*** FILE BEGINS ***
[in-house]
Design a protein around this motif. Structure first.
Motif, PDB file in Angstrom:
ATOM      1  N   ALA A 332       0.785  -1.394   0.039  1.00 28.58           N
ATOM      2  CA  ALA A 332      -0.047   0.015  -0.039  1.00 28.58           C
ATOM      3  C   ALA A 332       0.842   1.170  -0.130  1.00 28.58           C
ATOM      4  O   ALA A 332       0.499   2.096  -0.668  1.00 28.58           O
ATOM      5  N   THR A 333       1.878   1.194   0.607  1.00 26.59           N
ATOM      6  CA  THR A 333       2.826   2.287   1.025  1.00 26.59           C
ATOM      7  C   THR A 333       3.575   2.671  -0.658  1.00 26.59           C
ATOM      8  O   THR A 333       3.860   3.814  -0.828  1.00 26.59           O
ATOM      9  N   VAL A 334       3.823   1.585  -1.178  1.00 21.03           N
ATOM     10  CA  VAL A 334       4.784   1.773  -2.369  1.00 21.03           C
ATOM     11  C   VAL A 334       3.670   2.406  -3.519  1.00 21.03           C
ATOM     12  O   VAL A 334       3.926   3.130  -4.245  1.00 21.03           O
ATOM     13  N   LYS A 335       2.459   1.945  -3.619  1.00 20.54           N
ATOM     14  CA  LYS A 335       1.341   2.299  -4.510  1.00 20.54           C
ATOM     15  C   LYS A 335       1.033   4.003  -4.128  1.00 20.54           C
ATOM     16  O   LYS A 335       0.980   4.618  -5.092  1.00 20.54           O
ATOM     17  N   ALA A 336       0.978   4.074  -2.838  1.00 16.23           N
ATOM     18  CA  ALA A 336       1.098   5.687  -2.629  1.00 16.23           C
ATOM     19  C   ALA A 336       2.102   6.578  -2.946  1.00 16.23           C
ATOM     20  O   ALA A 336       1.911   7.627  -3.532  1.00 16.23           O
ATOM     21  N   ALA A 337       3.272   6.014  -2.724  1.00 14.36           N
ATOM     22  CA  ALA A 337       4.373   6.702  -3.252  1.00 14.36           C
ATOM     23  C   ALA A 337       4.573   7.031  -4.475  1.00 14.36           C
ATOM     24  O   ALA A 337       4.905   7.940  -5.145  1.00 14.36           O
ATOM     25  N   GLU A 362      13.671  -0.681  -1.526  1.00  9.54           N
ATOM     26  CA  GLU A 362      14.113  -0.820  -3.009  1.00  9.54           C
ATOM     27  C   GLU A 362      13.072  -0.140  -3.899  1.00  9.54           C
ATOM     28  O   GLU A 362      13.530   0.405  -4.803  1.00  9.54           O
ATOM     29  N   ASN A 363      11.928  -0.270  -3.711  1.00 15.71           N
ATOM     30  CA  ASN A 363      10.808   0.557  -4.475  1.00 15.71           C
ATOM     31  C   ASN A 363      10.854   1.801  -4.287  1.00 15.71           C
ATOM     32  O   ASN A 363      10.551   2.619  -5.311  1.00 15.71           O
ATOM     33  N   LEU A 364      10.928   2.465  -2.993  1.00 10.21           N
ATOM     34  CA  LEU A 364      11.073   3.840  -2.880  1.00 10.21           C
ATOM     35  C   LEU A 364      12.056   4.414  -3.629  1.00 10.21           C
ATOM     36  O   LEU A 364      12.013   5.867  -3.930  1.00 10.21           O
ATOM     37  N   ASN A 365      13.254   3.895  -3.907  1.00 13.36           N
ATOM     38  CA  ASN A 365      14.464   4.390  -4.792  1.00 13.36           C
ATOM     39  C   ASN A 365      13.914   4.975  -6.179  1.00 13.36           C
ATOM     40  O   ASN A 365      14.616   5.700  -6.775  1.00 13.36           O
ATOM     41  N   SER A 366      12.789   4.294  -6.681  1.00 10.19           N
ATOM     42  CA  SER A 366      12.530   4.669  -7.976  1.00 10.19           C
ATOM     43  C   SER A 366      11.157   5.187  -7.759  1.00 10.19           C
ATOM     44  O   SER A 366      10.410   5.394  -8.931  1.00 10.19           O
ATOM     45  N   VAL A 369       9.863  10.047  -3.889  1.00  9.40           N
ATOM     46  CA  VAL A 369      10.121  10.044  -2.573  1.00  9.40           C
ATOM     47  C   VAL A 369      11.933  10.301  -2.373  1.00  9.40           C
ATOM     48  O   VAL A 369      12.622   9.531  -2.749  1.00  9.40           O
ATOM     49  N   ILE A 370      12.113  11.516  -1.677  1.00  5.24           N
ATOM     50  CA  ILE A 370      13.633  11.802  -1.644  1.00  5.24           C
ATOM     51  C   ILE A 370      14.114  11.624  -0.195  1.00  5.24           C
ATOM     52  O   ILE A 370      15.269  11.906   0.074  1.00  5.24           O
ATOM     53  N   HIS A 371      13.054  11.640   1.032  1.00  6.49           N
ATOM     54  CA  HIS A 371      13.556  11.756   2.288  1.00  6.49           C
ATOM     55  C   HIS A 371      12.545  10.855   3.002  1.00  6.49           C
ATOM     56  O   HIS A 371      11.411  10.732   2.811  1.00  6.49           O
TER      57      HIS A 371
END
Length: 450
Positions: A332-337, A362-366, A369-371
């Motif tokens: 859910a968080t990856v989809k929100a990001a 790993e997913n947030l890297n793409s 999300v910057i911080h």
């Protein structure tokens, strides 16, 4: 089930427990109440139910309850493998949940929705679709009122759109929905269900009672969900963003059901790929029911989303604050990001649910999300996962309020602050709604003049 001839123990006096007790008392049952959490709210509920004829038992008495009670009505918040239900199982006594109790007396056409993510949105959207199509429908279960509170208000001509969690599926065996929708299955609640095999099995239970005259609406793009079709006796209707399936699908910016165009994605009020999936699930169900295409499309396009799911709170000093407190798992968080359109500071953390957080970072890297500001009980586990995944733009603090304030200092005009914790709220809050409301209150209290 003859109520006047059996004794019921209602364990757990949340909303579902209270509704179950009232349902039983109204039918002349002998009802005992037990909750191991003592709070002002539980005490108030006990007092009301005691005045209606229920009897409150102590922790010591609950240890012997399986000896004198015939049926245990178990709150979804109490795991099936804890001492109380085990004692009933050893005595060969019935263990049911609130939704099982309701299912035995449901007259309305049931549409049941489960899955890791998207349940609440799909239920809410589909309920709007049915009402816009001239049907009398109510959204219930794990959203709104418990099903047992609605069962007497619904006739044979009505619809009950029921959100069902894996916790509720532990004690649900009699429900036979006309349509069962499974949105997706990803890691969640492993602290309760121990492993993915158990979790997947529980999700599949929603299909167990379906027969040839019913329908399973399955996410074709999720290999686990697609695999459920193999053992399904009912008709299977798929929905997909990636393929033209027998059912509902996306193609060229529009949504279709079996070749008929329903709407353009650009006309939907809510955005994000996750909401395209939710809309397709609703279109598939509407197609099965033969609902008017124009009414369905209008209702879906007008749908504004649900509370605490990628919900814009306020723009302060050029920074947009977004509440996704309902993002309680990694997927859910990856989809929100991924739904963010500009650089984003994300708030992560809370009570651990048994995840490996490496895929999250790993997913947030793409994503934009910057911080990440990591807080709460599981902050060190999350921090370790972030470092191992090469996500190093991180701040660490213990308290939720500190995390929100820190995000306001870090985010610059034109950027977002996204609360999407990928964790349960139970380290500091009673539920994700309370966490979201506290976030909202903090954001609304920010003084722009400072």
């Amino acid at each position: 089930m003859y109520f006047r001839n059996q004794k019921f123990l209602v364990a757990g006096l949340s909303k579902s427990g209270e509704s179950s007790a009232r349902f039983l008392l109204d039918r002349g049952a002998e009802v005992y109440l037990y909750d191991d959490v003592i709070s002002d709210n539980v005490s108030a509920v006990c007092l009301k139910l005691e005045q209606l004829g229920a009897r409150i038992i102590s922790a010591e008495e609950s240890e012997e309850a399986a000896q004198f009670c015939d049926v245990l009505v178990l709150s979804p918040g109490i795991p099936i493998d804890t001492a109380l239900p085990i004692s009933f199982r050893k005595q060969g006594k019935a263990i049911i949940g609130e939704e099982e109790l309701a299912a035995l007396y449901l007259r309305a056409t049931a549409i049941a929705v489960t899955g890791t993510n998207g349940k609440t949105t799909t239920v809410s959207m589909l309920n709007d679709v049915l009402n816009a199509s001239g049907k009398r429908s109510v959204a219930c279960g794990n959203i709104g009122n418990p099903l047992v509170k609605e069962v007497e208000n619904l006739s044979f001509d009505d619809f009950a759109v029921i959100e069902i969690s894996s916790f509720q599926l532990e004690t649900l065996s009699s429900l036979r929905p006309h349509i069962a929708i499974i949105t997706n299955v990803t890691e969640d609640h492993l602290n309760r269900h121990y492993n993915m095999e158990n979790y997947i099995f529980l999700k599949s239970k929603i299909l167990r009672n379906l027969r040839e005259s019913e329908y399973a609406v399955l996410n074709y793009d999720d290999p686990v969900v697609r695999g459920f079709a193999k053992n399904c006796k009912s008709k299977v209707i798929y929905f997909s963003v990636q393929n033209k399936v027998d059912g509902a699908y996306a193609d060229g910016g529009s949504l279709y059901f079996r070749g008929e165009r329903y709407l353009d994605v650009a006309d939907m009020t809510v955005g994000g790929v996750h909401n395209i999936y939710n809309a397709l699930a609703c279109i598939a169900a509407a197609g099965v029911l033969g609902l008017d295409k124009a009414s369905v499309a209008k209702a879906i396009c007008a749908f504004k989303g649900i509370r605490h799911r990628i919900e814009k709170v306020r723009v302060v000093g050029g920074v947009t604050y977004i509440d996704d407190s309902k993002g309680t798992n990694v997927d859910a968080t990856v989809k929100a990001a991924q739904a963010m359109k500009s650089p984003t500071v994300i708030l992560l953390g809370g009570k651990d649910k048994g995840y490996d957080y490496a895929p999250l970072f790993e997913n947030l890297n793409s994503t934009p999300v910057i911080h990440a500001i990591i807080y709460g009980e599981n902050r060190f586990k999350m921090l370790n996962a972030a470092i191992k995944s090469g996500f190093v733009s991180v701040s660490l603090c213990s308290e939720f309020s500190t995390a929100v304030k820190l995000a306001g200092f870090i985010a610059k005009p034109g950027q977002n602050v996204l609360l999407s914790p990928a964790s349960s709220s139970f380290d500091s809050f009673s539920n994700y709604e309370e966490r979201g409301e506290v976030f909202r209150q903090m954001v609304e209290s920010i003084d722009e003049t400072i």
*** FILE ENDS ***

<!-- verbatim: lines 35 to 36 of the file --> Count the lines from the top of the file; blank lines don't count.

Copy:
ATOM     32  O   ASN A 363      10.551   2.619  -5.311  1.00 15.71           O
ATOM     33  N   LEU A 364      10.928   2.465  -2.993  1.00 10.21           N